LONDON – Adapteva Inc. (Lexington, Mass.), a small and lean fabless startup that has developed a series of multicore floating-point processors, claims its latest device, a 28-nm 64-core processor is close to sampling.
The Epiphany architecture is designed to operate as an accelerator for DSP tasks such as speech recognition and image processing. The company has started out in specialized applications such as military, engineering services and financial markets, but is now looking to move into mobile applications.
In addition, according to Andreas Olofsson, the company's founder and CEO, the 28-nm device is Adapteva's fourth chip and the company is close to breakeven on a quarterly basis, all on less than $2 million of investment. The company has used Globalfoundries Inc. (Milpitas, Calif.) as its foundry to produce the 28-nm chip which clocks at 800-MHz.
With mask sets costing millions of dollars how is that possible? The answer is simple – multiproject wafer (MPW) runs, which mean mask costs are divided amongst multiple foundry customers. Olofsson said that Adapteva has deliberately targeted low volume, high value applications where it can meet demand from a small part of the area of a few wafers but for which the company can charge up to $1,000 per chip.
The company has taken in $1 million in revenue since summer of 2011 when it was selling its 65-nm 16-core processor. "We're close to breaking even on a quarterly basis," said Olofsson.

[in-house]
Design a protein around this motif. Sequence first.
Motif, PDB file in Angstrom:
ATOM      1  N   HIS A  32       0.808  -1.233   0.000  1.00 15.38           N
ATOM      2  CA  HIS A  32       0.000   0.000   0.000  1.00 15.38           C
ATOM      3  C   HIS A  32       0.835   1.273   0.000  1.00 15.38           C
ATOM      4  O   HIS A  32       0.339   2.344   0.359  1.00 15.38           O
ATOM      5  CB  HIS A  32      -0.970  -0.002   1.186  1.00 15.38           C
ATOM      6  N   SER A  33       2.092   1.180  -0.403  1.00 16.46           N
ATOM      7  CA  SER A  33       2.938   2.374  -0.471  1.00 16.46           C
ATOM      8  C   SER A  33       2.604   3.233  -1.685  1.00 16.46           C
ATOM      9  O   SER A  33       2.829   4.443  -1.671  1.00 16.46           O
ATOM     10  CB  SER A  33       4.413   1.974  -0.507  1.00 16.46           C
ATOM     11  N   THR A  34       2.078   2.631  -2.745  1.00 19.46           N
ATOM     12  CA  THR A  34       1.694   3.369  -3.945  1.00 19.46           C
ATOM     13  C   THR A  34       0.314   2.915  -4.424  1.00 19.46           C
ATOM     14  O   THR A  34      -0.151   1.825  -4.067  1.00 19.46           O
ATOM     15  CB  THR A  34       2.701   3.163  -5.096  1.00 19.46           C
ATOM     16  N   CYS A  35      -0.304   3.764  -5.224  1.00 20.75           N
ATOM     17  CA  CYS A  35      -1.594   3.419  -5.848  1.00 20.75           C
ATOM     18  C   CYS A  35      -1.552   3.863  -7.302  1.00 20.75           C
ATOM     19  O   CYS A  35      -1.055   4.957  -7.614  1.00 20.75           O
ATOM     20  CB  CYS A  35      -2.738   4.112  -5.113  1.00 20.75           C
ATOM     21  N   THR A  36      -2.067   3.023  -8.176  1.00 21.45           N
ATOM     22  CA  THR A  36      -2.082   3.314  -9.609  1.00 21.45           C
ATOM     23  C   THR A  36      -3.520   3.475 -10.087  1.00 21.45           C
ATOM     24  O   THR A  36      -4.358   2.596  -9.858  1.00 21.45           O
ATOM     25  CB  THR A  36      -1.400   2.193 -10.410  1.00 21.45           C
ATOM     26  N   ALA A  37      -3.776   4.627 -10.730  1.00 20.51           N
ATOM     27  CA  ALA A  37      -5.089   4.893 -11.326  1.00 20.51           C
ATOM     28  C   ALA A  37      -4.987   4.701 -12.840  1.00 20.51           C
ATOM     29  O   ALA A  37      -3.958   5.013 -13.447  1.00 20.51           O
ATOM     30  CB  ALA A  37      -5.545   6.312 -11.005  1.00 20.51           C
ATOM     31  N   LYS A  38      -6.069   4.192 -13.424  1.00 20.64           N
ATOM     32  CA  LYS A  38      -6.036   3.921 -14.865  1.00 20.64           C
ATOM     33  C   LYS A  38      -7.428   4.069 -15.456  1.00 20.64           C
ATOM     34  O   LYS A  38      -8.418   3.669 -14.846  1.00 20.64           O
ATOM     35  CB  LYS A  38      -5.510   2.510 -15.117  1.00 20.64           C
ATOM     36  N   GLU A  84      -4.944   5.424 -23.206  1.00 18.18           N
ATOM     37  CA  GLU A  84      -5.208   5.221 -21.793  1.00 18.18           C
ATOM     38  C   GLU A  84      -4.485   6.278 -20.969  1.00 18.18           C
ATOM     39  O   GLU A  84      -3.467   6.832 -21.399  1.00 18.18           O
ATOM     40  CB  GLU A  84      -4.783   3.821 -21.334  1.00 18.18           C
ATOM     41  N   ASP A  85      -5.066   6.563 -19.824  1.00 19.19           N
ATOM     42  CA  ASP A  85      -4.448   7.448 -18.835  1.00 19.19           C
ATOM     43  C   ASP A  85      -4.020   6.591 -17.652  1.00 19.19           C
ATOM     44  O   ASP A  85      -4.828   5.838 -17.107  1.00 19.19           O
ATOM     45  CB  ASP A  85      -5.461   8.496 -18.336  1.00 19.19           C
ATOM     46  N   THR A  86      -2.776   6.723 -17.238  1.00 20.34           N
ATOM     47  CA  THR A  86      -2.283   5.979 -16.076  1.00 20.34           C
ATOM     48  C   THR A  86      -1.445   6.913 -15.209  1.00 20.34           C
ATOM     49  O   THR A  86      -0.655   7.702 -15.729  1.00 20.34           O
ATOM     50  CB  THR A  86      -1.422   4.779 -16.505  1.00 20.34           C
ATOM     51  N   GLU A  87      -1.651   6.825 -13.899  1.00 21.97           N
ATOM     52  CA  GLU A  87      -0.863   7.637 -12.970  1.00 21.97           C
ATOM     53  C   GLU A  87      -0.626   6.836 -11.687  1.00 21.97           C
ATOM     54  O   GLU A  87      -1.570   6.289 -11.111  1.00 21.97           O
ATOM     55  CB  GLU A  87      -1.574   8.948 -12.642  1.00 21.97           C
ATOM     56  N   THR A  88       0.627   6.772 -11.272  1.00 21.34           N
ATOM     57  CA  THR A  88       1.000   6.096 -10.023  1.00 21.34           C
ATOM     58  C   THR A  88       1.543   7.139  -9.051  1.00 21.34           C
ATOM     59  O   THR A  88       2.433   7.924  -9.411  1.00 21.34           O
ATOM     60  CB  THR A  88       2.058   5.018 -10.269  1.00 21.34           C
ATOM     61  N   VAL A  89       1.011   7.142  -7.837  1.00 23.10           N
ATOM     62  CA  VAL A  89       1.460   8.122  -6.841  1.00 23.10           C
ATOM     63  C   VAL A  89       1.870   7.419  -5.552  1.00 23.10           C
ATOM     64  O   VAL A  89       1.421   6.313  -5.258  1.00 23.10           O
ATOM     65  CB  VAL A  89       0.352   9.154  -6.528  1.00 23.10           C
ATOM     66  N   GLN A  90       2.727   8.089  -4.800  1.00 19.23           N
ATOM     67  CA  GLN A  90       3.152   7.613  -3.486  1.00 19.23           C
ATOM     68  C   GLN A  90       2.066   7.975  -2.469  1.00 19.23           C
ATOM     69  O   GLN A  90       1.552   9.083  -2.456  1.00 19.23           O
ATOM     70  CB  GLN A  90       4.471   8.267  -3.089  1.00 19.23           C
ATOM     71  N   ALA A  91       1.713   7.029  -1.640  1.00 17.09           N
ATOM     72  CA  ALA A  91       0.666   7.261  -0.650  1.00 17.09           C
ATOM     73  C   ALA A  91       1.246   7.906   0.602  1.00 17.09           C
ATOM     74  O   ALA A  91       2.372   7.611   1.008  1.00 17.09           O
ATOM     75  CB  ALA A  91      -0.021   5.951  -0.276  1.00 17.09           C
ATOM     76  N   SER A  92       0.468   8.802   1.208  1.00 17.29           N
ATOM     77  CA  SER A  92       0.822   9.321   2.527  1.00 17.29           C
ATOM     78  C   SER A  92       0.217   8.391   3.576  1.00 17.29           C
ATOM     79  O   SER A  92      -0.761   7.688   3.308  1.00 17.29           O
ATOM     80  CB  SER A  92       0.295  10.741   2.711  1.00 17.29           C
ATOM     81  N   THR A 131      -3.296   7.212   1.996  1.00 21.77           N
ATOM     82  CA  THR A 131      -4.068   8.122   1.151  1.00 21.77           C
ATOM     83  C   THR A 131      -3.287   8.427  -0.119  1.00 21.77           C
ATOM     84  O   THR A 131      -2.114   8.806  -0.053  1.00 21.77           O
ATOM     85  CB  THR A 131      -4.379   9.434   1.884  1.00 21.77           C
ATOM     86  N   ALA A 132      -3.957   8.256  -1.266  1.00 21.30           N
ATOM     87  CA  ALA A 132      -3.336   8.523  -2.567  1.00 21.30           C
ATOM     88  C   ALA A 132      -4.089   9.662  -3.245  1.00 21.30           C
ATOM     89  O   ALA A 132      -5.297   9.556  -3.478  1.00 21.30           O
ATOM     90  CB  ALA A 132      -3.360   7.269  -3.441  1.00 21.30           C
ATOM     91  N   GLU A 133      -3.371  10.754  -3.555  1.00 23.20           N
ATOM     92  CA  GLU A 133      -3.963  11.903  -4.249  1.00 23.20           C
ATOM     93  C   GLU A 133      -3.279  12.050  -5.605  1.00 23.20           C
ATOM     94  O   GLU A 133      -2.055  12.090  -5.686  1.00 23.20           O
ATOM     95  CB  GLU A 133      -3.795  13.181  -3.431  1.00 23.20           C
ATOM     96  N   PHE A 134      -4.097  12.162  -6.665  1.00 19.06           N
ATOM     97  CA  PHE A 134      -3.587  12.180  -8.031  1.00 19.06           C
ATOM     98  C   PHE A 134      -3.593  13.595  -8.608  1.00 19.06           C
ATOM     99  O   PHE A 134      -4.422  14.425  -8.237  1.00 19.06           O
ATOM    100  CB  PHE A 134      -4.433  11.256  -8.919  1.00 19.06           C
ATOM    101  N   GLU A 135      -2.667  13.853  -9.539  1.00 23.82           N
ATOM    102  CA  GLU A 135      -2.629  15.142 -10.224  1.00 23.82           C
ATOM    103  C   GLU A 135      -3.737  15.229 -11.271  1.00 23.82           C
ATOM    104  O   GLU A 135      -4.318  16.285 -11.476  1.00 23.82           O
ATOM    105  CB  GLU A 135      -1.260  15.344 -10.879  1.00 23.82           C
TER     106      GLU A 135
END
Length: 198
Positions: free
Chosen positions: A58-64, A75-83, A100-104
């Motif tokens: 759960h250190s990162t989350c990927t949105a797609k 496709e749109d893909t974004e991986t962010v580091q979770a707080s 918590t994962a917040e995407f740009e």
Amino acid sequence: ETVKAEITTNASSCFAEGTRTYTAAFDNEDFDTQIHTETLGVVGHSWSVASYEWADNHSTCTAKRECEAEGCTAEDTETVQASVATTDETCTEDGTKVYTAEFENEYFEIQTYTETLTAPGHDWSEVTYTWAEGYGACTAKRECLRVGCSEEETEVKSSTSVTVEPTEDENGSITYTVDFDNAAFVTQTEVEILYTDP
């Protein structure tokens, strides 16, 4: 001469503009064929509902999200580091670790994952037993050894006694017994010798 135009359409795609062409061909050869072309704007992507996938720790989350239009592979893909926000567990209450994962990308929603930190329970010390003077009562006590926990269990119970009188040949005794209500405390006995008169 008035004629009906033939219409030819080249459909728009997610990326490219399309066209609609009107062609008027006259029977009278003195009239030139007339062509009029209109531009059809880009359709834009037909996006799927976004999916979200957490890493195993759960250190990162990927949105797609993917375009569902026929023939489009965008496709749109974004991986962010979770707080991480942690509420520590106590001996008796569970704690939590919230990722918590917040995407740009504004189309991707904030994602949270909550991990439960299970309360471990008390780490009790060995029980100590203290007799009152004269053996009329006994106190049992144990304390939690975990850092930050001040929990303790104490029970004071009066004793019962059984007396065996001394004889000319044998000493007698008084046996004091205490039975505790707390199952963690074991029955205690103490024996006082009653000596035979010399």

The fourth generation of the Epiphany multicore architecture IP is a 28-nm design with 64 independent RISC cores, each with 32-kbytes of memory on an 8.2 square millimeter die, which the company claims offers the highest energy efficiency of any floating point processor to date, at 70 GFLOPS/watt.
The local memory is too small and there is no DMA or cache controller. All data movement has to programmed in the code.
Sorry, love underdogs, but a better architecture is needed to make the chip useful. Team up with one of the better researchers in the field of many core processors and improve the product.
Andreas is a design god. Epiphany is the stripped down Deuce Coupe whipping the the rich kid's Corvette.
The clock propagation scheme is particularly innovative.
Protein folding and synthetic biology guys will shower him with money.
David Patterson, known for his pioneering research that led to RAID, clusters and more, is part of a team at UC Berkeley that recently made its RISC-V processor architecture an open source hardware offering. We talk with Patterson and one of his colleagues behind the effort about the opportunities they see, what new kinds of designs they hope to enable and what it means for today’s commercial processor giants such as Intel, ARM and Imagination Technologies.